Six months into his presidency, Barack Obama promised that his proposed health reforms wouldn’t force people who were happy with their insurance to change. “If you like your health-care plan, you’ll be able to keep your health-care plan, period,” he said. But hundreds of thousands of people are finding out that’s not the case. Insurance companies are terminating policies for many people whose insurance doesn’t meet the standards of the new health law. Here’s what you need to know:
Why is this happening?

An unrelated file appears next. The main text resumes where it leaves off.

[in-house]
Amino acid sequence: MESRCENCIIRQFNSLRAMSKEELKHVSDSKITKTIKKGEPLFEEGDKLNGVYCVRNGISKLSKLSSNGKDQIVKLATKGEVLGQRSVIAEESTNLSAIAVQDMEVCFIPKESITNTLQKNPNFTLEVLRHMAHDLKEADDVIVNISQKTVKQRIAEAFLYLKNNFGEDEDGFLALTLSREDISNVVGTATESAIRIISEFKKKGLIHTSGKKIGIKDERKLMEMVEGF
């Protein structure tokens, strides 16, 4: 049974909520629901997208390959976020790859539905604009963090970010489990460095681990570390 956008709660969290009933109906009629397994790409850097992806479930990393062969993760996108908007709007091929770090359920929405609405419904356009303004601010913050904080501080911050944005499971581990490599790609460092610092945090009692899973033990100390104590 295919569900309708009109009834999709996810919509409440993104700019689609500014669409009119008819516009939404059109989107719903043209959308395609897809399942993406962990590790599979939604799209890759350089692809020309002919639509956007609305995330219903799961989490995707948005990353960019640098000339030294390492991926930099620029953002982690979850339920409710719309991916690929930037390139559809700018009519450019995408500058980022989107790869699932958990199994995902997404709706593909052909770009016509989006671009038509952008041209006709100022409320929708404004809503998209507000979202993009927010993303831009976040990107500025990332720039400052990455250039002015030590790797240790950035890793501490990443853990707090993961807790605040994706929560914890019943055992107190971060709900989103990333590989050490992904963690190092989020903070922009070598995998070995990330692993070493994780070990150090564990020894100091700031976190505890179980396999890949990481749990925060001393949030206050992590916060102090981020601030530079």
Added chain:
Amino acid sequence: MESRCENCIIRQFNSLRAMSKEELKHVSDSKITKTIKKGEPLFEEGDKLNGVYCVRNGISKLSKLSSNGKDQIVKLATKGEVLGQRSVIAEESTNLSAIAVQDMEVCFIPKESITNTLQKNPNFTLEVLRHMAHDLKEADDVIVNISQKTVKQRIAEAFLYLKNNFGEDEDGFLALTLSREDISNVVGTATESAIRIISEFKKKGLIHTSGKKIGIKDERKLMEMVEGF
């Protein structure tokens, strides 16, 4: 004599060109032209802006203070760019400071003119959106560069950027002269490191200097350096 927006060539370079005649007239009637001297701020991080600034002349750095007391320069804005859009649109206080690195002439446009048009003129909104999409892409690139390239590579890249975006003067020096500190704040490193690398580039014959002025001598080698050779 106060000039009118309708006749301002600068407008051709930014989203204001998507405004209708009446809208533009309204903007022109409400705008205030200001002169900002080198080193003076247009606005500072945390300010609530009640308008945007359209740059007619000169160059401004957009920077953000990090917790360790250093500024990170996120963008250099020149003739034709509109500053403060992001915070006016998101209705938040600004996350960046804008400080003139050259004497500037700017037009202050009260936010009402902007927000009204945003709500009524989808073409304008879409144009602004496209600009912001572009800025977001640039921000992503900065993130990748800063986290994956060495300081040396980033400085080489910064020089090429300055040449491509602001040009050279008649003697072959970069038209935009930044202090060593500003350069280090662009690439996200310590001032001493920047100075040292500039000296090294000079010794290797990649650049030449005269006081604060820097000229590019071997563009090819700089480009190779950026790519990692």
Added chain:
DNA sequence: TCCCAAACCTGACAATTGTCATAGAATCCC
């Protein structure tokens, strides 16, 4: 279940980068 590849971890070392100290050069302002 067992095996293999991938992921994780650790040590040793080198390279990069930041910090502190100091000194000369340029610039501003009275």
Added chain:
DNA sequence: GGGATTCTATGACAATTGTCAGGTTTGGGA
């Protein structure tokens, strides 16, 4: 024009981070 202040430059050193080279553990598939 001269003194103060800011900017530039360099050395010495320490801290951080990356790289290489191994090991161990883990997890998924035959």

The Affordable Care Act sets standards that private insurance companies must follow. Health plans must pay for at least 60 percent of their members’ medical costs on average. They also have to provide 10 areas of coverage, called essential health benefits, such as hospitalization, mental health treatment, and maternity care. Plans that don’t meet these standards generally can’t be sold after 2013, unless they’re grandfathered (more on that below). Insurers are ending these plans and pushing people to buy more comprehensive policies, some of which may also have higher premiums. For low- and middle-income people, the law provides subsidies to make health coverage more affordable.